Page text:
Arthur Stone Arts and Crafts Sterling Silver Decorated 'Woolsey' Large Centerpiece Bowl, Gardner, MA c. 1921-27
This elegant footed centerpiece bowl has a shaped bowl with ten sections divided by ribs with an applied molded band around the rim. The applied molding consists of four reeds of silver wire conforming to the shaped edge. A stepped, circular pedestal creates the spreading foot. Overall hammering for which Stone's shop is so famous is beautifully executed and creates a wonderful, shimmering surface. Very unusual and stunningly beautiful is the repousséd and chased floral decoration in the center of the bowl from which the panel definitions emanate. Although small, it is visually captivating with its attention to detail and quality of execution. The chasing from Arthur Stone never ceases to amaze!
We have had a couple of similar centerpieces over the years, but neither half as nice as this. Not only does the floral decoration elevate the design, but the center of this bowl was designed with a bit of a depression that reinforces the decoration and makes the whole design come alive in a way that the others did not. This piece is a great example of how small changes can have a major impact.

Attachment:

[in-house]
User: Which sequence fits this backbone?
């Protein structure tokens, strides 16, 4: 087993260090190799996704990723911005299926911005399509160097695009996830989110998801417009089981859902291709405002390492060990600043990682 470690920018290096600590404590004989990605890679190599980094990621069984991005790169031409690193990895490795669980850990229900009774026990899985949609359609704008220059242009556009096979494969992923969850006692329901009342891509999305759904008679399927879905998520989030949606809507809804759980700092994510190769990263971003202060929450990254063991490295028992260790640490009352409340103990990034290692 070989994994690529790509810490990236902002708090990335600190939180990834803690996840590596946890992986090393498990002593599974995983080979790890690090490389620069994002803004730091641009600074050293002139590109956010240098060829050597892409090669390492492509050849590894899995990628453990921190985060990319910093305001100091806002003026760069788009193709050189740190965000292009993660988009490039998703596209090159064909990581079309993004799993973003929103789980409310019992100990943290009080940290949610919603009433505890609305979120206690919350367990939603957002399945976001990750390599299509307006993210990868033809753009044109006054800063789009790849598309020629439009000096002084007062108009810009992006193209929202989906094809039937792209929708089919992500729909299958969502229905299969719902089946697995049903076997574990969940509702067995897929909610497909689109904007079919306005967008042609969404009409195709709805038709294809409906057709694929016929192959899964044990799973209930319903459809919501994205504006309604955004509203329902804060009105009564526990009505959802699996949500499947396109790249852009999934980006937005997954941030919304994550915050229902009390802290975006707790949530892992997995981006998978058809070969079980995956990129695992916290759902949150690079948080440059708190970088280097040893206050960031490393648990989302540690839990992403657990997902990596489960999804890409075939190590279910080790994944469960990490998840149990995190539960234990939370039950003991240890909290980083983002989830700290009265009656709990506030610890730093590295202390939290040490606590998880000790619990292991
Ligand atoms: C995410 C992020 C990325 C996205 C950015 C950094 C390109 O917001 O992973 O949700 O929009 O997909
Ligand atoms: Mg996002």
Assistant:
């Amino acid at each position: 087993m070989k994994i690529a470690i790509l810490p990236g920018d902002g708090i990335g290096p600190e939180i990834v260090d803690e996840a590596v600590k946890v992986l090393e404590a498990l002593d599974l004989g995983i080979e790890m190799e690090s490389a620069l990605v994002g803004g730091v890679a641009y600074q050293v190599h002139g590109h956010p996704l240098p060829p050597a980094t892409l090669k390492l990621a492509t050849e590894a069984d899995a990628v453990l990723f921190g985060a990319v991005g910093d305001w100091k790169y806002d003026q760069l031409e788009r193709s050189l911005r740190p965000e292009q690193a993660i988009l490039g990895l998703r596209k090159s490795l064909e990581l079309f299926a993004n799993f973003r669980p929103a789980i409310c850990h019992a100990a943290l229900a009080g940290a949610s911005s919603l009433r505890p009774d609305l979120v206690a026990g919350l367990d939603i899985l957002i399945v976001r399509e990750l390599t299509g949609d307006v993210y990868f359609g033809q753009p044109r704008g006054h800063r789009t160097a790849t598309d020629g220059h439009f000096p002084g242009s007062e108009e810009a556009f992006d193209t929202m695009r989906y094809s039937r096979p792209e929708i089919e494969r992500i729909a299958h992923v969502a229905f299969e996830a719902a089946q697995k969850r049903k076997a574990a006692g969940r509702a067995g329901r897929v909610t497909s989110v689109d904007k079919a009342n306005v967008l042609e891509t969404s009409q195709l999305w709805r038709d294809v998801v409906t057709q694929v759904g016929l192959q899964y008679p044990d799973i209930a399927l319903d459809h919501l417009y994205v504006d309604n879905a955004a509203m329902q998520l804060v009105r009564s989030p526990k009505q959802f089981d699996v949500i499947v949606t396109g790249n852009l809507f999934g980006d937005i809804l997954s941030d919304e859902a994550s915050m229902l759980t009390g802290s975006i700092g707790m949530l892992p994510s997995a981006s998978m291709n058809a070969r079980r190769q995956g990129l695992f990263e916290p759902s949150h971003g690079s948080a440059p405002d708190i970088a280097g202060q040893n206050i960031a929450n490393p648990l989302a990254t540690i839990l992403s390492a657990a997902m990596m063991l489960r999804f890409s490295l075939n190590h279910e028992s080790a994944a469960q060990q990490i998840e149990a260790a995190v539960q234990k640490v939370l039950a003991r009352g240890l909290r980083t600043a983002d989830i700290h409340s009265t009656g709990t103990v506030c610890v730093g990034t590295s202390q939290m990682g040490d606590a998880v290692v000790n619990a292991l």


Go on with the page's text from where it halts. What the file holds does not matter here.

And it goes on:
Stone ran one of the most important arts & crafts shops in the country. Items were hand made using traditional silversmithing techniques. An innovator, Stone let the other masters who worked for him sign the items they made. This centerpiece was raised by Earle Underwood. Underwood worked for Stone from 1921-27 helping during the holiday season, also working for F. W. Smith Company in Gardner, MA (where Stone worked before opening up his own shop). His mark is uncommon on Stone silver and he achieved the rank of 'Master Craftsman' at the Society of Arts & Crafts, Boston. (1)
Theodore S. Woolsey was a Yale professor and connoisseur who gave Stone an English silver bowl that inspired this design. Stone's shop referred to this elegant style as 'Woolsey' when used in bowls and dishes. (2)
Marked with Stone's trademark, 'Sterling', and 'U' for Earle H. Underwood, this sterling silver centerpiece bowl measures 14.25 inches in diameter and 3.75 inches high. It weighs 50 troy ounces, has never been monogrammed and is in excellent antique condition.
Provenance: ARK Antiques, 1988 Private Collection
Elenita C. Chickering, Arthur J. Stone 1847-1938: Designer and Silversmith, (Boston: the Boston Athenaeum, 1994), p. 181.
Ibid., p 163.
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